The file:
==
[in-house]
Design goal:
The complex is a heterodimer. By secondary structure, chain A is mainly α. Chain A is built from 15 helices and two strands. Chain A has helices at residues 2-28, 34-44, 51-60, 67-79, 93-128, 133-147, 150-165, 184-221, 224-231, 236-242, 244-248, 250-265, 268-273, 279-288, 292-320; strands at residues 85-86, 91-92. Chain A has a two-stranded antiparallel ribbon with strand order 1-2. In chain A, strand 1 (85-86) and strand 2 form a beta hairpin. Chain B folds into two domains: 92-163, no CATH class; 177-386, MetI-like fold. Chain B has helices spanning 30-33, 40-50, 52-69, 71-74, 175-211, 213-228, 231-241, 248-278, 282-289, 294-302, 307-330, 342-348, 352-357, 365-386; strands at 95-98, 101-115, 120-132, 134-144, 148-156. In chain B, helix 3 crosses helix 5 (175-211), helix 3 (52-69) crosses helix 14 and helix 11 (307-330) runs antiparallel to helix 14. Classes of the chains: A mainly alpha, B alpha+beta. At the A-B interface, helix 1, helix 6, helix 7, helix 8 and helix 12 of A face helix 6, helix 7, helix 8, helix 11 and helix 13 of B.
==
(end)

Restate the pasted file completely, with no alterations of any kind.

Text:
[in-house]
Design goal:
The complex is a heterodimer. By secondary structure, chain A is mainly α. Chain A is built from 15 helices and two strands. Chain A has helices at residues 2-28, 34-44, 51-60, 67-79, 93-128, 133-147, 150-165, 184-221, 224-231, 236-242, 244-248, 250-265, 268-273, 279-288, 292-320; strands at residues 85-86, 91-92. Chain A has a two-stranded antiparallel ribbon with strand order 1-2. In chain A, strand 1 (85-86) and strand 2 form a beta hairpin. Chain B folds into two domains: 92-163, no CATH class; 177-386, MetI-like fold. Chain B has helices spanning 30-33, 40-50, 52-69, 71-74, 175-211, 213-228, 231-241, 248-278, 282-289, 294-302, 307-330, 342-348, 352-357, 365-386; strands at 95-98, 101-115, 120-132, 134-144, 148-156. In chain B, helix 3 crosses helix 5 (175-211), helix 3 (52-69) crosses helix 14 and helix 11 (307-330) runs antiparallel to helix 14. Classes of the chains: A mainly alpha, B alpha+beta. At the A-B interface, helix 1, helix 6, helix 7, helix 8 and helix 12 of A face helix 6, helix 7, helix 8, helix 11 and helix 13 of B.